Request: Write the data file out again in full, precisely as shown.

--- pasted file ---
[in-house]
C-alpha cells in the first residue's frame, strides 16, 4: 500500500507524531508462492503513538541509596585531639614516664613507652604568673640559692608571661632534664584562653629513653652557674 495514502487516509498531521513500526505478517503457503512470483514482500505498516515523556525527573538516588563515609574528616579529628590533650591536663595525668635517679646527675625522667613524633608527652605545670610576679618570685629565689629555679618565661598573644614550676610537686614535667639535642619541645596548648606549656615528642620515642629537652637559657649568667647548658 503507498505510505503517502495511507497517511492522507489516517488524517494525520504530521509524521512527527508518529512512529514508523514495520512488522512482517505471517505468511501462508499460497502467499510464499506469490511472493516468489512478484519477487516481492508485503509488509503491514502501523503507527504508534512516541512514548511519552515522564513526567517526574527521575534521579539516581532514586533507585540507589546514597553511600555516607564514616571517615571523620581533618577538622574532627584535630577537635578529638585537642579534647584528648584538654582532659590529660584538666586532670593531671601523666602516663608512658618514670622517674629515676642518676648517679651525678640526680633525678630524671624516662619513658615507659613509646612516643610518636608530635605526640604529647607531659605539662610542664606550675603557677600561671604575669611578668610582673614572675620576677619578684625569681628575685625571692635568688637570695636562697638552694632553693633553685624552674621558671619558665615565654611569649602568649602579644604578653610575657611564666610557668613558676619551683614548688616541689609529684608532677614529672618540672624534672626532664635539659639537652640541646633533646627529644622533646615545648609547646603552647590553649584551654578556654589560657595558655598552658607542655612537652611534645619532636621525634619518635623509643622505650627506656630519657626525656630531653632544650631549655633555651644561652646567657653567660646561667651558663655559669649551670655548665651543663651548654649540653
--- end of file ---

[in-house]
C-alpha cells in the first residue's frame, strides 16, 4: 500500500507524531508462492503513538541509596585531639614516664613507652604568673640559692608571661632534664584562653629513653652557674 495514502487516509498531521513500526505478517503457503512470483514482500505498516515523556525527573538516588563515609574528616579529628590533650591536663595525668635517679646527675625522667613524633608527652605545670610576679618570685629565689629555679618565661598573644614550676610537686614535667639535642619541645596548648606549656615528642620515642629537652637559657649568667647548658 503507498505510505503517502495511507497517511492522507489516517488524517494525520504530521509524521512527527508518529512512529514508523514495520512488522512482517505471517505468511501462508499460497502467499510464499506469490511472493516468489512478484519477487516481492508485503509488509503491514502501523503507527504508534512516541512514548511519552515522564513526567517526574527521575534521579539516581532514586533507585540507589546514597553511600555516607564514616571517615571523620581533618577538622574532627584535630577537635578529638585537642579534647584528648584538654582532659590529660584538666586532670593531671601523666602516663608512658618514670622517674629515676642518676648517679651525678640526680633525678630524671624516662619513658615507659613509646612516643610518636608530635605526640604529647607531659605539662610542664606550675603557677600561671604575669611578668610582673614572675620576677619578684625569681628575685625571692635568688637570695636562697638552694632553693633553685624552674621558671619558665615565654611569649602568649602579644604578653610575657611564666610557668613558676619551683614548688616541689609529684608532677614529672618540672624534672626532664635539659639537652640541646633533646627529644622533646615545648609547646603552647590553649584551654578556654589560657595558655598552658607542655612537652611534645619532636621525634619518635623509643622505650627506656630519657626525656630531653632544650631549655633555651644561652646567657653567660646561667651558663655559669649551670655548665651543663651548654649540653